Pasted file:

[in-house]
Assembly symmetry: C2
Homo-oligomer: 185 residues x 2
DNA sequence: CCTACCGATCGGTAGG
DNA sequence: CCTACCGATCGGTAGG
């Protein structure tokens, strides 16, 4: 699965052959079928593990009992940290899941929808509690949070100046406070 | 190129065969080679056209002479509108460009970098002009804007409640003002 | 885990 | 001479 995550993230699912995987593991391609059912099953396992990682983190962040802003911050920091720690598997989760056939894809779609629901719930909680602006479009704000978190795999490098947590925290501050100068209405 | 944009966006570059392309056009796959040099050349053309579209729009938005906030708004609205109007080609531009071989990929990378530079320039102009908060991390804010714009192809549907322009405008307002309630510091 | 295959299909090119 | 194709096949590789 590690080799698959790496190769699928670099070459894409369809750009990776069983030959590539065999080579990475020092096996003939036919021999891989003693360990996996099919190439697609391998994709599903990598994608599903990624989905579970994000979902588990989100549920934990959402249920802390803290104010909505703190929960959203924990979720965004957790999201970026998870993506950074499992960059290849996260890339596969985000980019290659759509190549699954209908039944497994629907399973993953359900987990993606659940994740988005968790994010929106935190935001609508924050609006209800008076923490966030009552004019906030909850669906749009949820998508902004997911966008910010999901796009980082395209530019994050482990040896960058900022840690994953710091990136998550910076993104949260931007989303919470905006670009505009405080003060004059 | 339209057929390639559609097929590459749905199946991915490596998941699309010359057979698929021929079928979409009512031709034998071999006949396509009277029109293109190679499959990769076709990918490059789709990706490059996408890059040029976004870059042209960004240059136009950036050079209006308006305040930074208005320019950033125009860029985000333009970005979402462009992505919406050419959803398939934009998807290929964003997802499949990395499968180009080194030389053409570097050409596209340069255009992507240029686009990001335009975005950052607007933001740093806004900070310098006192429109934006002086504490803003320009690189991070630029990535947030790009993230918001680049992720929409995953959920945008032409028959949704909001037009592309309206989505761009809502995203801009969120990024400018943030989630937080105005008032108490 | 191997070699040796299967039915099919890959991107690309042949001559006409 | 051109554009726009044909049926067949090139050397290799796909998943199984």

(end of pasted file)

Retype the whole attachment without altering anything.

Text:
[in-house]
Assembly symmetry: C2
Homo-oligomer: 185 residues x 2
DNA sequence: CCTACCGATCGGTAGG
DNA sequence: CCTACCGATCGGTAGG
């Protein structure tokens, strides 16, 4: 699965052959079928593990009992940290899941929808509690949070100046406070 | 190129065969080679056209002479509108460009970098002009804007409640003002 | 885990 | 001479 995550993230699912995987593991391609059912099953396992990682983190962040802003911050920091720690598997989760056939894809779609629901719930909680602006479009704000978190795999490098947590925290501050100068209405 | 944009966006570059392309056009796959040099050349053309579209729009938005906030708004609205109007080609531009071989990929990378530079320039102009908060991390804010714009192809549907322009405008307002309630510091 | 295959299909090119 | 194709096949590789 590690080799698959790496190769699928670099070459894409369809750009990776069983030959590539065999080579990475020092096996003939036919021999891989003693360990996996099919190439697609391998994709599903990598994608599903990624989905579970994000979902588990989100549920934990959402249920802390803290104010909505703190929960959203924990979720965004957790999201970026998870993506950074499992960059290849996260890339596969985000980019290659759509190549699954209908039944497994629907399973993953359900987990993606659940994740988005968790994010929106935190935001609508924050609006209800008076923490966030009552004019906030909850669906749009949820998508902004997911966008910010999901796009980082395209530019994050482990040896960058900022840690994953710091990136998550910076993104949260931007989303919470905006670009505009405080003060004059 | 339209057929390639559609097929590459749905199946991915490596998941699309010359057979698929021929079928979409009512031709034998071999006949396509009277029109293109190679499959990769076709990918490059789709990706490059996408890059040029976004870059042209960004240059136009950036050079209006308006305040930074208005320019950033125009860029985000333009970005979402462009992505919406050419959803398939934009998807290929964003997802499949990395499968180009080194030389053409570097050409596209340069255009992507240029686009990001335009975005950052607007933001740093806004900070310098006192429109934006002086504490803003320009690189991070630029990535947030790009993230918001680049992720929409995953959920945008032409028959949704909001037009592309309206989505761009809502995203801009969120990024400018943030989630937080105005008032108490 | 191997070699040796299967039915099919890959991107690309042949001559006409 | 051109554009726009044909049926067949090139050397290799796909998943199984």